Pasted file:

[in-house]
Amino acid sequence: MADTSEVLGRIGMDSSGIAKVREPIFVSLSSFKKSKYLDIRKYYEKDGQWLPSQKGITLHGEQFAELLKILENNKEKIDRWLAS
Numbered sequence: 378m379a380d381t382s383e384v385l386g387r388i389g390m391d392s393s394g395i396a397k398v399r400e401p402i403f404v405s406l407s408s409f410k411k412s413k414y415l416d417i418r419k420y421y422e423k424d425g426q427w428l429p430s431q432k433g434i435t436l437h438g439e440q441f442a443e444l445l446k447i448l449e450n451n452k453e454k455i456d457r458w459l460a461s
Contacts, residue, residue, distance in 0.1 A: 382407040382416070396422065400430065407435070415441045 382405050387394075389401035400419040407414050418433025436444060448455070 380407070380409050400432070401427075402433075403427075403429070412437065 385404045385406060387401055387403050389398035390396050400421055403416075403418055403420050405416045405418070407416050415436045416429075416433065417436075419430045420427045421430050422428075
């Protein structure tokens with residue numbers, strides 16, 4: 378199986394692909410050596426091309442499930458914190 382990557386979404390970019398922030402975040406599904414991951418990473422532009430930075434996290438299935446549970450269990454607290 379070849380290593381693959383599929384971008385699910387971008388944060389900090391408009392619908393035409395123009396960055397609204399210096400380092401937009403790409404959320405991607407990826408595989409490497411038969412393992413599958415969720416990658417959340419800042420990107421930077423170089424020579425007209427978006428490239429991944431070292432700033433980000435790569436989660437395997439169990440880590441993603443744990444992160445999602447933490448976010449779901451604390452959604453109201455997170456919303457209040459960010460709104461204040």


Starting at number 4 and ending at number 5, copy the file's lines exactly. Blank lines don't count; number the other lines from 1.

Contacts, residue, residue, distance in 0.1 A: 382407040382416070396422065400430065407435070415441045 382405050387394075389401035400419040407414050418433025436444060448455070 380407070380409050400432070401427075402433075403427075403429070412437065 385404045385406060387401055387403050389398035390396050400421055403416075403418055403420050405416045405418070407416050415436045416429075416433065417436075419430045420427045421430050422428075
């Protein structure tokens with residue numbers, strides 16, 4: 378199986394692909410050596426091309442499930458914190 382990557386979404390970019398922030402975040406599904414991951418990473422532009430930075434996290438299935446549970450269990454607290 379070849380290593381693959383599929384971008385699910387971008388944060389900090391408009392619908393035409395123009396960055397609204399210096400380092401937009403790409404959320405991607407990826408595989409490497411038969412393992413599958415969720416990658417959340419800042420990107421930077423170089424020579425007209427978006428490239429991944431070292432700033433980000435790569436989660437395997439169990440880590441993603443744990444992160445999602447933490448976010449779901451604390452959604453109201455997170456919303457209040459960010460709104461204040």